Who is Buying Back What?
What about stock buybacks? Can't they increase earnings per share and allow earnings to grow faster than GDP? The answer is that in theory they could. In practice, there is actually an average of a net 2% creation of new shares each year and thus an actual 2% dilution of earnings over the broad markets.
The implication of the study is that investors who are looking for growth in stocks based upon the belief that earnings can grow faster than the economy are going to be disappointed. And if, as I believe, we are in a Muddle Through Decade of lower than historical average economic growth, then it is possible investors will be disappointed more than they normally would.
Recession, Rebound or Muddle Through?
US retail sales rose 2.1% last month to $311.5 billion, the largest increase since October 2001, after falling 1.3% in February, the Commerce Department said. The University of Michigan's preliminary consumer sentiment index jumped to 83.2 this month from a nine-year low of 77.6 in March. The trade balance actually (very slightly) improved. The stock market has held its own in recent weeks.
Oil prices are likely headed down, and that will provide a quicker and bigger boost to the economy than the tax cuts. If business spending picks up, as the Iraq war winds down in a positive manner, then things actually could look better in the second half.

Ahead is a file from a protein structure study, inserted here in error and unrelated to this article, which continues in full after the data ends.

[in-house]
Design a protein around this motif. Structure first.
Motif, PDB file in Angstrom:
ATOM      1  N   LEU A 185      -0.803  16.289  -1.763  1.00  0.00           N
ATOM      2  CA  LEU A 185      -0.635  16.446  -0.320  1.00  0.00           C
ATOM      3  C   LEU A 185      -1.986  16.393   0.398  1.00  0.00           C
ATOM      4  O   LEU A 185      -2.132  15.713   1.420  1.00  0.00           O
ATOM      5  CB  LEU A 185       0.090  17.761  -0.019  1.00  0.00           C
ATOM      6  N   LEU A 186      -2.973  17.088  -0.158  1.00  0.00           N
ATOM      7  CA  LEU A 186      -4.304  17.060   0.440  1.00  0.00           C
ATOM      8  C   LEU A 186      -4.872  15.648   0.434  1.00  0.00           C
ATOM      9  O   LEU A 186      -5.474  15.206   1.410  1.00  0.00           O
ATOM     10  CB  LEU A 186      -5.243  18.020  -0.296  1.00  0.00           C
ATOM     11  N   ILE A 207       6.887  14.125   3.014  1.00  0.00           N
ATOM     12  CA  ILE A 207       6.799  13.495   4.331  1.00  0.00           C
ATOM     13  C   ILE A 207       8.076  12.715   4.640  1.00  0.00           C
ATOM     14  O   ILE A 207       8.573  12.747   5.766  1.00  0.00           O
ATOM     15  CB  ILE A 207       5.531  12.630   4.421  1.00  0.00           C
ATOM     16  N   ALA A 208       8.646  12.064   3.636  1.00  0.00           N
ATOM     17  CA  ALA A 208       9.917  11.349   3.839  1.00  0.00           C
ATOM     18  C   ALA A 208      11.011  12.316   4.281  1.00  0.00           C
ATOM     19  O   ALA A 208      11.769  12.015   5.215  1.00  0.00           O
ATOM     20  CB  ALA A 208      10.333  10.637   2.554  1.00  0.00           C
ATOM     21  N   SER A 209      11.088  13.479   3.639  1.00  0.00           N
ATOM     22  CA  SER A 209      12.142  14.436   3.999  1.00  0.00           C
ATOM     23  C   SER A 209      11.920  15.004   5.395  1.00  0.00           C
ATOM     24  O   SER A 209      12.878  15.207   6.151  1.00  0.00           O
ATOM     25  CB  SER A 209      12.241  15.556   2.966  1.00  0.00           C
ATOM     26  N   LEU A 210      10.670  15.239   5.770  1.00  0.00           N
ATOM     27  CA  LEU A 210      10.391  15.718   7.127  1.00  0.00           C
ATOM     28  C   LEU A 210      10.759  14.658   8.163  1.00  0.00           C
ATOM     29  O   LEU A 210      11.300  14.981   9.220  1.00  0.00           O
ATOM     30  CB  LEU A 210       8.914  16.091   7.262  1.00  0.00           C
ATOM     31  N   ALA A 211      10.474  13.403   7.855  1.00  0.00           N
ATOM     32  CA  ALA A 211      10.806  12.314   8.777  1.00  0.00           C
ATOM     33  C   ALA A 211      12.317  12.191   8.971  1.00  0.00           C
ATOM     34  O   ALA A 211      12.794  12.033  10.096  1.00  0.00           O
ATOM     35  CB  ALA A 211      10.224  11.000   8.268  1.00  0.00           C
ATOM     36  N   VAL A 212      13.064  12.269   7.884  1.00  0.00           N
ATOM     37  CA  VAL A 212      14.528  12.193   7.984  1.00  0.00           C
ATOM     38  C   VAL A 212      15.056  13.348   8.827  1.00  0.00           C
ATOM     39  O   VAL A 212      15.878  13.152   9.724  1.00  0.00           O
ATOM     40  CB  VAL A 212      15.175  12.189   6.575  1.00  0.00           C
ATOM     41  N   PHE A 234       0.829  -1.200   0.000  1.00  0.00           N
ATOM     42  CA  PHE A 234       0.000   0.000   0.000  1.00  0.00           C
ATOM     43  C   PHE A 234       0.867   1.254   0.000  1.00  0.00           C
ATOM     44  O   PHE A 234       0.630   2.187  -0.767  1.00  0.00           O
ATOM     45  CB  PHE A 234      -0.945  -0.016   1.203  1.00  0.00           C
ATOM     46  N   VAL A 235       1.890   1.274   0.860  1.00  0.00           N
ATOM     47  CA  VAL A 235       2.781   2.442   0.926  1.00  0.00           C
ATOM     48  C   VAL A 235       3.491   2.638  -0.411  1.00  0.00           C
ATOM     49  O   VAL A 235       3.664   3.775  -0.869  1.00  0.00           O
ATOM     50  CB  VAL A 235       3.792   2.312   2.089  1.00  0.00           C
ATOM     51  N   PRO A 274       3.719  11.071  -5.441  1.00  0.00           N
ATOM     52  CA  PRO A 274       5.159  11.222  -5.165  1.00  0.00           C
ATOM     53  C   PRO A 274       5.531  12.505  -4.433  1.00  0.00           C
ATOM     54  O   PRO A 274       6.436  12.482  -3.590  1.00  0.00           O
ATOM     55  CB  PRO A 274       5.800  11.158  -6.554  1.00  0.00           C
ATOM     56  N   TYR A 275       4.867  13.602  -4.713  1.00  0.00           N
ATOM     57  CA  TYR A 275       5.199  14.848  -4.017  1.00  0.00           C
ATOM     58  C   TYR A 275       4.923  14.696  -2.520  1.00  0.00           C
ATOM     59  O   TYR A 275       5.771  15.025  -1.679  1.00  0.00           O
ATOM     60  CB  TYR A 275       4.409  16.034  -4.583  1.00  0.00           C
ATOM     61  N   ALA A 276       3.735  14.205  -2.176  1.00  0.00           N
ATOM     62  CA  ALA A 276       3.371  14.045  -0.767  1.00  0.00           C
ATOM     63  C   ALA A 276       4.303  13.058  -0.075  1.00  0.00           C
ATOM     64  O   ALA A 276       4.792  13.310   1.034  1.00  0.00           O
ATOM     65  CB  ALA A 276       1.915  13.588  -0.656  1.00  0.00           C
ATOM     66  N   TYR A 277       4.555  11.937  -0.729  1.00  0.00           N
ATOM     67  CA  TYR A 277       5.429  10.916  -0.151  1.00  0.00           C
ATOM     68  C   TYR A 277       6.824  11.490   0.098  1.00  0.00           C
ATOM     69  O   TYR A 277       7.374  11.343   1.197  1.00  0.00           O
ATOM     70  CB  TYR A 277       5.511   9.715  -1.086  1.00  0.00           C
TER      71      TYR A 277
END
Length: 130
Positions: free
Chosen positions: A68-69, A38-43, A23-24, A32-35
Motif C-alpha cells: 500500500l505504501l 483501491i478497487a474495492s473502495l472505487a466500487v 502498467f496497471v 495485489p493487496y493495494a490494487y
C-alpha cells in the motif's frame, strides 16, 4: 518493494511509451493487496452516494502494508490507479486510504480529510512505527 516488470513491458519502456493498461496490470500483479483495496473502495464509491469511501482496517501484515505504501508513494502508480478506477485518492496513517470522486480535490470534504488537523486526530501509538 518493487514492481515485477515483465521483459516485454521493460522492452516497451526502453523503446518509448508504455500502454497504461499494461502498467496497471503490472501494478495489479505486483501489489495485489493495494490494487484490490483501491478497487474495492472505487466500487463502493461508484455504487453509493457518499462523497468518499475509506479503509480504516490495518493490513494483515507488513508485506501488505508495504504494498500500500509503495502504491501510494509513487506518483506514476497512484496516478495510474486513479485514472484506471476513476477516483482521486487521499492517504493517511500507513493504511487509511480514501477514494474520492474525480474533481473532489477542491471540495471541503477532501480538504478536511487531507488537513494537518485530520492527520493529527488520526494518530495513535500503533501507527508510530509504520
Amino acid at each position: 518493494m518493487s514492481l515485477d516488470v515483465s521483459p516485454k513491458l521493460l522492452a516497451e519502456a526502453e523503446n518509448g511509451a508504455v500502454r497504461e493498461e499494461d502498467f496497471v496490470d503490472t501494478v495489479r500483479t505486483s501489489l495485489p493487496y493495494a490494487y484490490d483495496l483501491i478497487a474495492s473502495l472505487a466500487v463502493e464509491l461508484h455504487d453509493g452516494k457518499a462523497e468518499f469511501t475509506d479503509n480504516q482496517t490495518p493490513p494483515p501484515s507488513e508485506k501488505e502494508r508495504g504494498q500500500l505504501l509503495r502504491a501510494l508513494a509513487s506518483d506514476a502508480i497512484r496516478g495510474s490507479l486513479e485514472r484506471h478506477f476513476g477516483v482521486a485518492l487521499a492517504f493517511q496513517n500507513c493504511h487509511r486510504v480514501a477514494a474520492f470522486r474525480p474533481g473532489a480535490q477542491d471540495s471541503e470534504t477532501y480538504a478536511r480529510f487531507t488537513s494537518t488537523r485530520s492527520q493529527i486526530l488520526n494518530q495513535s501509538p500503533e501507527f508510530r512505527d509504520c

This growth, especially in sentiment, was especially surprising given the very negative employment numbers. It appears 500,000 jobs have disappeared in recent days, and lay-off announcements seem to be coming from everywhere. Remember, these were numbers which were generated when the press was telling us we were getting into a quagmire in Iraq.
So, are we out of the woods? Are boom times around the corner? The short answer is no. It is to early for any celebration.
David Leonhardt, writing in the New York Times, tells us that chief executives of large companies, perhaps the most accurate economic forecasters recently, expect the economy to remain weak over the next six months but do not foresee a new recession, according to a survey released yesterday. (These are the people who also control capital spending decisions for new business expansion.)
Only about one company out of 10 plans to increase employment in the United States in that period, according to the poll of 120 chief executives by the Business Roundtable, an association of leaders of large companies. The rest, some 90% of companies, are divided almost evenly between those that plan job cuts and those that expect to hold employment at current levels.
The message from my Three Amigo indicators is also mixed. High yield bonds are jumping, which says things are getting better for companies down the food chain, and that many problems have been worked through or already discounted. But capacity utilization is simply terrible, and not responding at all to any type of stimulus. The ISM index (purchasing numbers) is right in the middle of being not good but not bad. In short, according to my favorite bellwethers, it could go either way.
As I have written here in past letters, the economy in Europe is materially slowing down. The Financial times writes, "The eurozone economy may have contracted in the first quarter of the year, the European Commission said on Thursday.